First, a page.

The six speed transmission in this bike is new for Guzzi. An ingenious four-shaft design, it just clicks each gear exactly right and there is virtually no whine. Earlier Guzzi sport models, especially the Sport 1100I, would tend to whine quite a bit on deceleration, and every shift was an exercise in the art of clunk. I never minded this either, for it is part of the Guzzis character, and as long as it does not hurt reliability then I could give a rat poop. It is nice though, to get on one of these things, when expecting the worst, and end up with the best. The tranny mates to the engine much like a car, or a BMW motorcycle, with a huge diaphragm style clutch. This makes for expensive clutch replacements. The clutch is now actuated hydraulically, which is a Godsend in and of itself. The slave cylinder looks to be a robust component, the master cylinder is a status-quo Brembo unit. Power travels from the tranny to a shaft final drive. I never notice any ill shaft effect. It will raise the rear under acceleration, but it is not horrible nor does it alter the way I ride.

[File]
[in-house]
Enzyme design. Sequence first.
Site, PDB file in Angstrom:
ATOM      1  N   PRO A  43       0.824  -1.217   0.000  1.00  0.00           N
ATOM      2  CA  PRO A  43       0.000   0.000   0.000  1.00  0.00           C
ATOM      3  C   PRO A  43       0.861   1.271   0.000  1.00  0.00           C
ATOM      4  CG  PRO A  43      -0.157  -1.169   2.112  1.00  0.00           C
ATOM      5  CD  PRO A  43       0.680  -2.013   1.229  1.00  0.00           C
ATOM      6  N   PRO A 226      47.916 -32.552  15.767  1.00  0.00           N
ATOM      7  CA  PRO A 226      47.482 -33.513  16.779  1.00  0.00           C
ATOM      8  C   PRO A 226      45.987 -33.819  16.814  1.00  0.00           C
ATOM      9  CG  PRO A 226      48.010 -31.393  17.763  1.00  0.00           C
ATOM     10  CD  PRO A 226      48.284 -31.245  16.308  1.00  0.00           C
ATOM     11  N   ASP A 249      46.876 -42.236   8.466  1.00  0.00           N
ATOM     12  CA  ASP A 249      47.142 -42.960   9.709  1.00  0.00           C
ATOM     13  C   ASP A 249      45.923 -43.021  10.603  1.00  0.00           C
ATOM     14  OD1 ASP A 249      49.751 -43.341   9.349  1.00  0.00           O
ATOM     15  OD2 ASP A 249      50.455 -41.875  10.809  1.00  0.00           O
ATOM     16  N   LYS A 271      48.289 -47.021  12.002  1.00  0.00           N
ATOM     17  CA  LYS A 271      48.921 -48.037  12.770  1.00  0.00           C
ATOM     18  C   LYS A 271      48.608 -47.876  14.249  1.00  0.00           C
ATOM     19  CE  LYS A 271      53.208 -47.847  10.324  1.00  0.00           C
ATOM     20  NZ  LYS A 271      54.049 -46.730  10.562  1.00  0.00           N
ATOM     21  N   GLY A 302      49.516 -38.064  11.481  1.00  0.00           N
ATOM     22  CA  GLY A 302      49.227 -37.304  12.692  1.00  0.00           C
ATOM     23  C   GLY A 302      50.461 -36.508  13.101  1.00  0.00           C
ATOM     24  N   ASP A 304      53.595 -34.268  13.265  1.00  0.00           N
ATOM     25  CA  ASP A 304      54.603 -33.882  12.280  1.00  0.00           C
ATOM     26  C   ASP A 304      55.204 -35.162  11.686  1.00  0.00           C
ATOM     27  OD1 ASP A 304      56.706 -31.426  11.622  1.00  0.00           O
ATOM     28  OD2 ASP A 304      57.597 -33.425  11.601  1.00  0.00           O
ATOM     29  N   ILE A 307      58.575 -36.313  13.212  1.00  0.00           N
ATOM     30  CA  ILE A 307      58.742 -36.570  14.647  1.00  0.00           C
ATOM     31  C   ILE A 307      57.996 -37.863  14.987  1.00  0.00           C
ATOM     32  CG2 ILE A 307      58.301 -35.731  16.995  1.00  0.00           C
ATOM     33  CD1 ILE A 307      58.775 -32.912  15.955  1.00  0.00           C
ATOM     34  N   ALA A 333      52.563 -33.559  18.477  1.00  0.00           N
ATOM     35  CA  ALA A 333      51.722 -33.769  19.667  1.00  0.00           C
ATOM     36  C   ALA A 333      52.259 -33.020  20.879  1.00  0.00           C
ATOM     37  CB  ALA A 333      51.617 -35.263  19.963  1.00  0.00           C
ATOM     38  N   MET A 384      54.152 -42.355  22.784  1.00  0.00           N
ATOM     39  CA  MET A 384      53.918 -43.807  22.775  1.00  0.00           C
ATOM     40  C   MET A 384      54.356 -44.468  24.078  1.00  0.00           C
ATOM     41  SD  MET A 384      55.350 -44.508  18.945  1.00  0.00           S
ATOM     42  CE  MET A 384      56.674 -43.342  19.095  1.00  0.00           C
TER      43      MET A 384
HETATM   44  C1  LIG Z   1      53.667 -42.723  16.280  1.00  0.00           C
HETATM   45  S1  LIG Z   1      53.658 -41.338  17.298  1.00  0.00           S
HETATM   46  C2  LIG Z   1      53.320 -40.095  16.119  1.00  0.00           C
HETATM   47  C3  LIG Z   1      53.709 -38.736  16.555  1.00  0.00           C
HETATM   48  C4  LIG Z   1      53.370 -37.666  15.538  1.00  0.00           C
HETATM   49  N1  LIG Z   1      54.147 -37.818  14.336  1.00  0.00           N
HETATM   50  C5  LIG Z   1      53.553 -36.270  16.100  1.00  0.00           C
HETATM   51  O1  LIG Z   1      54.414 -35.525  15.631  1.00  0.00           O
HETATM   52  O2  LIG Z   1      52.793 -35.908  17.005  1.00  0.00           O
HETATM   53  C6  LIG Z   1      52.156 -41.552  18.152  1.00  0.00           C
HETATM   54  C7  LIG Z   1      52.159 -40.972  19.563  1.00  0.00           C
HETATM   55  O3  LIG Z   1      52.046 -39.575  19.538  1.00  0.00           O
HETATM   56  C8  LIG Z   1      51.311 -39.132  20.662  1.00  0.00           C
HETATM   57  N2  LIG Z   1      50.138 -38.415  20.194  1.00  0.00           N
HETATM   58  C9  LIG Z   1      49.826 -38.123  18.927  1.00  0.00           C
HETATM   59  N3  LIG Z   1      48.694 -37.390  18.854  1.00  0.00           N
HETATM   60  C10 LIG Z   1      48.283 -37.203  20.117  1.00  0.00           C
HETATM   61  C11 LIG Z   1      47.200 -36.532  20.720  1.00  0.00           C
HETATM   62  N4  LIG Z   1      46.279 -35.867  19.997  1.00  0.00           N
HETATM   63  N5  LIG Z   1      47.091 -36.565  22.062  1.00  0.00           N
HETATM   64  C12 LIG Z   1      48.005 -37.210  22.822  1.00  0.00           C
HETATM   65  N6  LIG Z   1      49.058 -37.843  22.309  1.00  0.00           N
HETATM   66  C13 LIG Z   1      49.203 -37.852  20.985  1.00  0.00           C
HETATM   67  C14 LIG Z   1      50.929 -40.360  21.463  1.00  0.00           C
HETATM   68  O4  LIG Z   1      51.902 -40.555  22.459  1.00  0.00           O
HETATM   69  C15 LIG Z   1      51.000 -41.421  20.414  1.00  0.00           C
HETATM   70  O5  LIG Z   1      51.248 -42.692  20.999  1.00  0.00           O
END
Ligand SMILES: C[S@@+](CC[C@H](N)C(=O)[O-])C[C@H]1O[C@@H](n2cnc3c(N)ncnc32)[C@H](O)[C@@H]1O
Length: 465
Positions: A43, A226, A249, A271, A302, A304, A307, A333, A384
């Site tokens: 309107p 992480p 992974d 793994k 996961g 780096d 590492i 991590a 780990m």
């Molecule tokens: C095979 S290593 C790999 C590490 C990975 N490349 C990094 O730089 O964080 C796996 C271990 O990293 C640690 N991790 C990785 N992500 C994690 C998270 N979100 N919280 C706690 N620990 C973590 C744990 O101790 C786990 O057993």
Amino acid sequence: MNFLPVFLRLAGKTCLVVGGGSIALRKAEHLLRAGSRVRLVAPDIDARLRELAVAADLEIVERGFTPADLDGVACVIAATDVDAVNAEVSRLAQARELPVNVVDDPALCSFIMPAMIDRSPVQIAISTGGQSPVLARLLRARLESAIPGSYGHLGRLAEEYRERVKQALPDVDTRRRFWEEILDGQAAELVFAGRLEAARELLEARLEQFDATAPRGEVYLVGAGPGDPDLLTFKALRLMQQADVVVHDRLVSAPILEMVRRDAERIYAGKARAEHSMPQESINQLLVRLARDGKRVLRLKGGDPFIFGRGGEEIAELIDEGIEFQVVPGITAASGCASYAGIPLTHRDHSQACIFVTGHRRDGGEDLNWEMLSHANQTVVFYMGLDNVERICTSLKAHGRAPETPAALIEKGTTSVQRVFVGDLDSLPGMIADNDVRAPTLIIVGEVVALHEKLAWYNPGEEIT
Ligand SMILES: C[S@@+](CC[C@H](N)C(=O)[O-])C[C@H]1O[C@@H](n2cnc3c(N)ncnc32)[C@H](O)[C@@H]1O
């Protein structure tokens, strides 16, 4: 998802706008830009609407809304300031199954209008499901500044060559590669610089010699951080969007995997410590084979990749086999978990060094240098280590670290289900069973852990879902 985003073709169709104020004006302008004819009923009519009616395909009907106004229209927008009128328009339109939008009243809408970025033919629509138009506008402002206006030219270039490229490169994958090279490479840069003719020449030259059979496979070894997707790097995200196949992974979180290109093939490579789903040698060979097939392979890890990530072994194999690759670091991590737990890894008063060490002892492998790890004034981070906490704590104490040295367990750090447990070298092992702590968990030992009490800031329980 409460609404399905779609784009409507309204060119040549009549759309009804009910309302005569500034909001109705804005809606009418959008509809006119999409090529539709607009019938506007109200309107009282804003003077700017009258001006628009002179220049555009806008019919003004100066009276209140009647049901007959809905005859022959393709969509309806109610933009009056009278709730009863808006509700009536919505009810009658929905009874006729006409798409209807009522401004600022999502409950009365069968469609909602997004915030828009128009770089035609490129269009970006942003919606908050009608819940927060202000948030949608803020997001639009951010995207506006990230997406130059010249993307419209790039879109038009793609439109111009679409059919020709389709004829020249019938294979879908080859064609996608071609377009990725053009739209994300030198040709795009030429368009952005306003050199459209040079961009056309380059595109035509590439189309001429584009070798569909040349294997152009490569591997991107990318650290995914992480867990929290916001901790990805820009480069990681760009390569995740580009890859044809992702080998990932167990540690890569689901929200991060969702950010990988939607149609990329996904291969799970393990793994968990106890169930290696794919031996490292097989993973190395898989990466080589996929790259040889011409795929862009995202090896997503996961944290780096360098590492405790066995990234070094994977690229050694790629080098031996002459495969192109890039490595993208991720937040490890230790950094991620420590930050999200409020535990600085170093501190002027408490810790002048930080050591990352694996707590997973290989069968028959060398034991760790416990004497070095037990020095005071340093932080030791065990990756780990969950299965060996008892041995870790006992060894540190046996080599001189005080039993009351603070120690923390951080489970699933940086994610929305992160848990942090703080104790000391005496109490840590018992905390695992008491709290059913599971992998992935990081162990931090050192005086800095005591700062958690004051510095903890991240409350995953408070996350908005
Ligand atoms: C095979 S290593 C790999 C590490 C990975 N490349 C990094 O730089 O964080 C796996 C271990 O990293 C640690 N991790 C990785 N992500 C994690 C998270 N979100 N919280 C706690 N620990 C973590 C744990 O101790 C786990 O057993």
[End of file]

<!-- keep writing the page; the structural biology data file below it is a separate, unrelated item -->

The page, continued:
The brakes are great. This is a heavy motorcycle by virtue of its Rock of Gibraltar engine (Or should I say, the guns of the Navarrone?) so it needs quite a bit of decelerating ability. Another Brembo staple, the four piston calipers and rotors that are found on various Ducati Streetbikes, bless the front end. Lever feel is excellent, both the clutch and brake levers are adjustable for reach.
The instruments are white faced with chrome bezels sitting in a brushed aluminum housing. I am not a chrome fan, nor am I a fan of small idiot lights that are impossible to see in the daylight. I do like the white gages. The seat is comfortable, as is the reach to the bars. My skinny 5"10' frame fits a lot of motorcycles well. Overall the cockpit gets my approval, I enjoy being behind the bars of this big V-Twin rock star.